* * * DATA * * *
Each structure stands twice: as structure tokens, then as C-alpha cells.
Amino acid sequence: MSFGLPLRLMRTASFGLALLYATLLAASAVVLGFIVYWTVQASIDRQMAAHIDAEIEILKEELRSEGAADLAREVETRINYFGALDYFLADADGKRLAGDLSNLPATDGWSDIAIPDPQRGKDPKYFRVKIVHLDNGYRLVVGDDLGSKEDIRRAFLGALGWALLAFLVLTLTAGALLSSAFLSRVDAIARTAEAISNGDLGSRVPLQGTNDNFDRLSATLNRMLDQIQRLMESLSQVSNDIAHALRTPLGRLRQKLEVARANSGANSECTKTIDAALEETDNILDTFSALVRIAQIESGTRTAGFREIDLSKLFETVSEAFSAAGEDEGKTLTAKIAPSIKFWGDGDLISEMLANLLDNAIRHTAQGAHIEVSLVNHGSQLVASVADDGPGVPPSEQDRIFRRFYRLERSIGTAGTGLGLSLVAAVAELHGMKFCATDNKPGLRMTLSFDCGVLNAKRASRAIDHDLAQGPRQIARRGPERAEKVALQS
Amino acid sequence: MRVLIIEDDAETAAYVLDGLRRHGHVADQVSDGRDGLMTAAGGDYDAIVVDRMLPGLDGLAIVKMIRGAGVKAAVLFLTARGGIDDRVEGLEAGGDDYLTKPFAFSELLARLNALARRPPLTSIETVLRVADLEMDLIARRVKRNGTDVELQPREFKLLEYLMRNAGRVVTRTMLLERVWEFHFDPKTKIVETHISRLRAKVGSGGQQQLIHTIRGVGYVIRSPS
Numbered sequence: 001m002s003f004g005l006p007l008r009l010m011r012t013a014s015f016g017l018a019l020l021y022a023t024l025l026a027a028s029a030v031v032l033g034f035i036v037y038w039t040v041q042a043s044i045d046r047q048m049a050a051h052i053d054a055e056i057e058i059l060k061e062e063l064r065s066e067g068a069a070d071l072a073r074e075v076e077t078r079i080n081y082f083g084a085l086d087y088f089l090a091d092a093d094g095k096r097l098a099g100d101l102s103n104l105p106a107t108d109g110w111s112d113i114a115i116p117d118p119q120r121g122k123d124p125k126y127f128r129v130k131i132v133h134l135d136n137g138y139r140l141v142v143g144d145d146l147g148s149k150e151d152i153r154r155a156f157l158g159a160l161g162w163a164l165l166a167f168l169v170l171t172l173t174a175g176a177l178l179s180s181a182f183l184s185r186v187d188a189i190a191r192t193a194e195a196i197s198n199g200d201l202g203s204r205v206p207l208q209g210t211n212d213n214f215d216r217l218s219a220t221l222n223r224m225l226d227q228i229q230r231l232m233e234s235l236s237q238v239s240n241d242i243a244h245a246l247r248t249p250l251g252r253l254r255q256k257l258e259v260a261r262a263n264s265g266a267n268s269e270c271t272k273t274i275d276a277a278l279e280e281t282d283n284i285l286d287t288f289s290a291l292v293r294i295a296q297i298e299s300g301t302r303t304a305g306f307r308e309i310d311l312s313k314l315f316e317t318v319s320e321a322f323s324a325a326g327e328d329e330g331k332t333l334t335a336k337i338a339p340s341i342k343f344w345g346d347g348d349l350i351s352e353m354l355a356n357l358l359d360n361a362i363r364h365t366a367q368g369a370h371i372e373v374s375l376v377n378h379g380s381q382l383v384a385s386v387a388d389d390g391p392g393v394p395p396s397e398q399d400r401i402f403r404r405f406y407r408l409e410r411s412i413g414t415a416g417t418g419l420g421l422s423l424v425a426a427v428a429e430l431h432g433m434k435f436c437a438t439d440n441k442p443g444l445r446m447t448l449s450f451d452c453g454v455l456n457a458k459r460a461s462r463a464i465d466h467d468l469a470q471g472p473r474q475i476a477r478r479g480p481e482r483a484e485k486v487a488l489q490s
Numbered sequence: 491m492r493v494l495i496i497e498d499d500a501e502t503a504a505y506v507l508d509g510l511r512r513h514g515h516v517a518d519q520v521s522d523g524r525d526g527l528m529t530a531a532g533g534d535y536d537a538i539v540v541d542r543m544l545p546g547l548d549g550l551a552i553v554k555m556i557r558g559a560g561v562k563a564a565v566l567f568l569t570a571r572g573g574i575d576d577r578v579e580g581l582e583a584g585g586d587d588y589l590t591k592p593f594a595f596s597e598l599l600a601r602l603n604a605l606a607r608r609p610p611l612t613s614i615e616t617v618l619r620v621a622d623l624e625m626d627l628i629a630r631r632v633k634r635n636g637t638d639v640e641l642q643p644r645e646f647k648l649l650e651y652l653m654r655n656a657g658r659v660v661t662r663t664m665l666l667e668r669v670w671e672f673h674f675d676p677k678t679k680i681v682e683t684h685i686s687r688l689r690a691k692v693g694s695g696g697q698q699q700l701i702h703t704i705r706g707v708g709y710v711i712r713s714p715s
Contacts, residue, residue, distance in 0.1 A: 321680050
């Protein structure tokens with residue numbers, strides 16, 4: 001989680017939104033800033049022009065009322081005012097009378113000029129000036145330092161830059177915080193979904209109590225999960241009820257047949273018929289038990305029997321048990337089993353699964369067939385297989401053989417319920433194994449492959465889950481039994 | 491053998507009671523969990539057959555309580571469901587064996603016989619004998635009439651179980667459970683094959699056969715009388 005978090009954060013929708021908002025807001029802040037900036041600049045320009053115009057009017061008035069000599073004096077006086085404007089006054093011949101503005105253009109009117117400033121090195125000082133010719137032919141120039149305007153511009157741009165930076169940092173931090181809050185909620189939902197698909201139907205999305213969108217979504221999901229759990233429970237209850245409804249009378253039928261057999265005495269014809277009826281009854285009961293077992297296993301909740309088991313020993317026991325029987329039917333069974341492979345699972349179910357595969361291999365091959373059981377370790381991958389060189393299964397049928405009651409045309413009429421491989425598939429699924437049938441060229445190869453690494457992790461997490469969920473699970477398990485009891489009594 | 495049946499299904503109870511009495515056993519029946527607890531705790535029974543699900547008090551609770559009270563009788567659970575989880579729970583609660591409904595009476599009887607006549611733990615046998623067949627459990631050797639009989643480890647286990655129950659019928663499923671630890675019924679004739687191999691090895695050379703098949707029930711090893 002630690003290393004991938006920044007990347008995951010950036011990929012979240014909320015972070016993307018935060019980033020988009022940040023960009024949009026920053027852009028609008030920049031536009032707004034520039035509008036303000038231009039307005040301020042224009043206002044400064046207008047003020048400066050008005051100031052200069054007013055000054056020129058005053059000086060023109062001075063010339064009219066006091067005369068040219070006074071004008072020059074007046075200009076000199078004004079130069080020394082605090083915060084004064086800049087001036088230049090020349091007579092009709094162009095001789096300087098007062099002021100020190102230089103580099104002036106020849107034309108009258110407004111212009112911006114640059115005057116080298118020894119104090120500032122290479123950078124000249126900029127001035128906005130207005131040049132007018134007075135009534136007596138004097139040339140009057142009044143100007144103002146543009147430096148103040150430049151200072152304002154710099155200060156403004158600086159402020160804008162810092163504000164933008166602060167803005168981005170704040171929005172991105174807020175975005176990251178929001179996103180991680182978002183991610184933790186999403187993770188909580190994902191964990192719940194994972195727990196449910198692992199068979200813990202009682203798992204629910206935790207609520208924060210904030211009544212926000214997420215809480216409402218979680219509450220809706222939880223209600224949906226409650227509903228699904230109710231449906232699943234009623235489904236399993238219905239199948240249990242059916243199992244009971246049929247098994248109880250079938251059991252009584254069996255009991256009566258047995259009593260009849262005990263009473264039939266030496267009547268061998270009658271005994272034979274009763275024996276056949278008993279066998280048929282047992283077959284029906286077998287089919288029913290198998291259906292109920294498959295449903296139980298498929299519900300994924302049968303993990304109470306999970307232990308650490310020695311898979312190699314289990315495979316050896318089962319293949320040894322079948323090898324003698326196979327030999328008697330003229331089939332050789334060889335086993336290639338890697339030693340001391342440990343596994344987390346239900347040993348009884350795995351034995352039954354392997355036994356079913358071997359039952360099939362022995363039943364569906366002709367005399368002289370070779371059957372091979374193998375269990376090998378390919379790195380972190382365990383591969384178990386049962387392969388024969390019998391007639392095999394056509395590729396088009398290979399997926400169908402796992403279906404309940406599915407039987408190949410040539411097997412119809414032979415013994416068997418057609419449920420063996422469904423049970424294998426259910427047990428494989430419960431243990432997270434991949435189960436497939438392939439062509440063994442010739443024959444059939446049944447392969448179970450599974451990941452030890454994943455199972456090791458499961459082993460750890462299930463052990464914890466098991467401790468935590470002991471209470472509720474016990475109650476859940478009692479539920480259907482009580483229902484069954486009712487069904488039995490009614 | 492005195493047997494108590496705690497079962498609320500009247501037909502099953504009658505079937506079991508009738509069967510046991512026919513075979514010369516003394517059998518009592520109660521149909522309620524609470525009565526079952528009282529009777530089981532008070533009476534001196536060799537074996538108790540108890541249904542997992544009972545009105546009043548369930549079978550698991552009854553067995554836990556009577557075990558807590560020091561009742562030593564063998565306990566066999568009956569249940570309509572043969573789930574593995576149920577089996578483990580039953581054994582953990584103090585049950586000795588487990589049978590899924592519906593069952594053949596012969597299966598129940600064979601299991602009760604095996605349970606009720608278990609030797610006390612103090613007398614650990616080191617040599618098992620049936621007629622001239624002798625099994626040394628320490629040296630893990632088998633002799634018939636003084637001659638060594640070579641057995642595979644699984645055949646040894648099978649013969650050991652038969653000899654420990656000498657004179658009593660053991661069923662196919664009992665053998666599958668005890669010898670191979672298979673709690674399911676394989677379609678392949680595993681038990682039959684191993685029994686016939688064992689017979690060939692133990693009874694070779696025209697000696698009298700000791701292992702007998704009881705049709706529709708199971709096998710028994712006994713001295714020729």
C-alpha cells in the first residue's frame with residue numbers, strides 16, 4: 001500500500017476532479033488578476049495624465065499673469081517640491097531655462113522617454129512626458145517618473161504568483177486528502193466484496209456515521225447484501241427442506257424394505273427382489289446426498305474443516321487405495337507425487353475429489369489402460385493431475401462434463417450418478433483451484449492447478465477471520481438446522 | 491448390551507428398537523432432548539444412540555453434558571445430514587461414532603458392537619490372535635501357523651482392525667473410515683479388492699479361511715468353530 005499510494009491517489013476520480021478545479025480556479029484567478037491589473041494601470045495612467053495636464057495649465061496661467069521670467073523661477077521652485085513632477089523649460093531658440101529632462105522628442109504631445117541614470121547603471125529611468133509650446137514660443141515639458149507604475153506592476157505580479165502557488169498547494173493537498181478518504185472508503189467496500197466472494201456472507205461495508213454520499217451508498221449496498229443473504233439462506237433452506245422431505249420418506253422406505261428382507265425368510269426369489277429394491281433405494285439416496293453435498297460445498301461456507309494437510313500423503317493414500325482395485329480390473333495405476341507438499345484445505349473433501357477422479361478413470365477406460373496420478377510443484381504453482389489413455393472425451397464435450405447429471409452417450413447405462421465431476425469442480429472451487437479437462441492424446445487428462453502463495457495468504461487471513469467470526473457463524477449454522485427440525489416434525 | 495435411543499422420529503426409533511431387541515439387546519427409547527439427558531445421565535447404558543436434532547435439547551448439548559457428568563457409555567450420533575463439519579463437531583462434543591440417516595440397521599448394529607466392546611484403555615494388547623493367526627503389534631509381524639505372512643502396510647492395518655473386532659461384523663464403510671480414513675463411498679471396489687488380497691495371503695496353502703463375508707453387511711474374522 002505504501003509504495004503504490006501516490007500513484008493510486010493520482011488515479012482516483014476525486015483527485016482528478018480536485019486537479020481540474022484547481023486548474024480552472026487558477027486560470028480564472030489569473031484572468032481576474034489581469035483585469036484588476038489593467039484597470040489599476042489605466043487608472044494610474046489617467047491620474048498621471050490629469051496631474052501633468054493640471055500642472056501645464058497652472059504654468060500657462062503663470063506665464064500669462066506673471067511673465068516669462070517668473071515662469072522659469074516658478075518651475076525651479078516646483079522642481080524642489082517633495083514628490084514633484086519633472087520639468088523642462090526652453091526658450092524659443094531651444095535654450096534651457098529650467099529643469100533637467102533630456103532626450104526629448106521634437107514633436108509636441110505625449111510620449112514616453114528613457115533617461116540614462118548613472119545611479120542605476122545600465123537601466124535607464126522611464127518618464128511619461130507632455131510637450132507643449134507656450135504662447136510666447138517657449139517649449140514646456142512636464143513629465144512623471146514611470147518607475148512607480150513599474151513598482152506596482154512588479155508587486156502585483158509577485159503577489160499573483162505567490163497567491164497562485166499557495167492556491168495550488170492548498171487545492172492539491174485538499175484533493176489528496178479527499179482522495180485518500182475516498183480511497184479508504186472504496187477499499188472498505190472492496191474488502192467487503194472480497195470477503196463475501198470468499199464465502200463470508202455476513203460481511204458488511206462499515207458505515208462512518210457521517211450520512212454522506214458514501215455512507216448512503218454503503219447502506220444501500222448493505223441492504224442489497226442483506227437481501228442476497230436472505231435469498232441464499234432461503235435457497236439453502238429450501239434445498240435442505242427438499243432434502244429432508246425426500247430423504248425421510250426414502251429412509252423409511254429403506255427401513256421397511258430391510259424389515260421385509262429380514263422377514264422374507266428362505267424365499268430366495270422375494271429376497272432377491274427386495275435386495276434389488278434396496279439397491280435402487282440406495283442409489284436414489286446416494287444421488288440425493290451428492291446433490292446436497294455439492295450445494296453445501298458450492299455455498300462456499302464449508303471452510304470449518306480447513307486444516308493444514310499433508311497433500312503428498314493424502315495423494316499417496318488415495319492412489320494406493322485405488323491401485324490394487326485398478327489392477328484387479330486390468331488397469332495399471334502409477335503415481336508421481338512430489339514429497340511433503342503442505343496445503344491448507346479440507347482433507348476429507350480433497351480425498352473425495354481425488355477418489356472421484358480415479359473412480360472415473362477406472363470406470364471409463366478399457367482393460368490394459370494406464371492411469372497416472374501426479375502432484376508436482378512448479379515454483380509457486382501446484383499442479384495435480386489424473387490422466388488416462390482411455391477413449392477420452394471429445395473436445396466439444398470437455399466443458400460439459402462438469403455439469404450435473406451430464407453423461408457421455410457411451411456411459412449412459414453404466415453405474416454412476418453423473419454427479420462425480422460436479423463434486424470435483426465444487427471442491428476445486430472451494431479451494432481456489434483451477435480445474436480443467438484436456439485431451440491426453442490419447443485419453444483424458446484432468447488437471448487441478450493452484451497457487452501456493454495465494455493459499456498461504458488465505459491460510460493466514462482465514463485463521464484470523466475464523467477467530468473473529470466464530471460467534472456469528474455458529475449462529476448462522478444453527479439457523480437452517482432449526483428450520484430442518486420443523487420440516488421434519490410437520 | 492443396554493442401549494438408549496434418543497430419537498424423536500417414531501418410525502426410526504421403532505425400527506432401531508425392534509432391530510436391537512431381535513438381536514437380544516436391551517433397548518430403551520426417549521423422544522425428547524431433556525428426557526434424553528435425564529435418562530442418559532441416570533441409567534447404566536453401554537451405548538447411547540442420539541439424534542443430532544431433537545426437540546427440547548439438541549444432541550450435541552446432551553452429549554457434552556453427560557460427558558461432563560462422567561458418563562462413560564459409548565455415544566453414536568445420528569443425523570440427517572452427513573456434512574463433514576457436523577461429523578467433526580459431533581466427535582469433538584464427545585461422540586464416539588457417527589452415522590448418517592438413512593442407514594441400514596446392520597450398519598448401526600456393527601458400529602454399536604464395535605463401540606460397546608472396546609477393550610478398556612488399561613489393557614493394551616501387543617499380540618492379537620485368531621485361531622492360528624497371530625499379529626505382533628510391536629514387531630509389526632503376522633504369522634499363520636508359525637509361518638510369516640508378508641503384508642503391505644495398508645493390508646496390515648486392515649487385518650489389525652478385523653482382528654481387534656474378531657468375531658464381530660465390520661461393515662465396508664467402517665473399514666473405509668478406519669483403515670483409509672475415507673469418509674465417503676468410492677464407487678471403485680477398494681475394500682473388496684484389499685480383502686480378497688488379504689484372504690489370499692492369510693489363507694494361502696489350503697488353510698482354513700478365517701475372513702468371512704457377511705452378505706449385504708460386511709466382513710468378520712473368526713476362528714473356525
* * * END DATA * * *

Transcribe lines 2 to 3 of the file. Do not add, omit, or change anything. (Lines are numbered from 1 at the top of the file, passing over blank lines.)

Amino acid sequence: MSFGLPLRLMRTASFGLALLYATLLAASAVVLGFIVYWTVQASIDRQMAAHIDAEIEILKEELRSEGAADLAREVETRINYFGALDYFLADADGKRLAGDLSNLPATDGWSDIAIPDPQRGKDPKYFRVKIVHLDNGYRLVVGDDLGSKEDIRRAFLGALGWALLAFLVLTLTAGALLSSAFLSRVDAIARTAEAISNGDLGSRVPLQGTNDNFDRLSATLNRMLDQIQRLMESLSQVSNDIAHALRTPLGRLRQKLEVARANSGANSECTKTIDAALEETDNILDTFSALVRIAQIESGTRTAGFREIDLSKLFETVSEAFSAAGEDEGKTLTAKIAPSIKFWGDGDLISEMLANLLDNAIRHTAQGAHIEVSLVNHGSQLVASVADDGPGVPPSEQDRIFRRFYRLERSIGTAGTGLGLSLVAAVAELHGMKFCATDNKPGLRMTLSFDCGVLNAKRASRAIDHDLAQGPRQIARRGPERAEKVALQS
Amino acid sequence: MRVLIIEDDAETAAYVLDGLRRHGHVADQVSDGRDGLMTAAGGDYDAIVVDRMLPGLDGLAIVKMIRGAGVKAAVLFLTARGGIDDRVEGLEAGGDDYLTKPFAFSELLARLNALARRPPLTSIETVLRVADLEMDLIARRVKRNGTDVELQPREFKLLEYLMRNAGRVVTRTMLLERVWEFHFDPKTKIVETHISRLRAKVGSGGQQQLIHTIRGVGYVIRSPS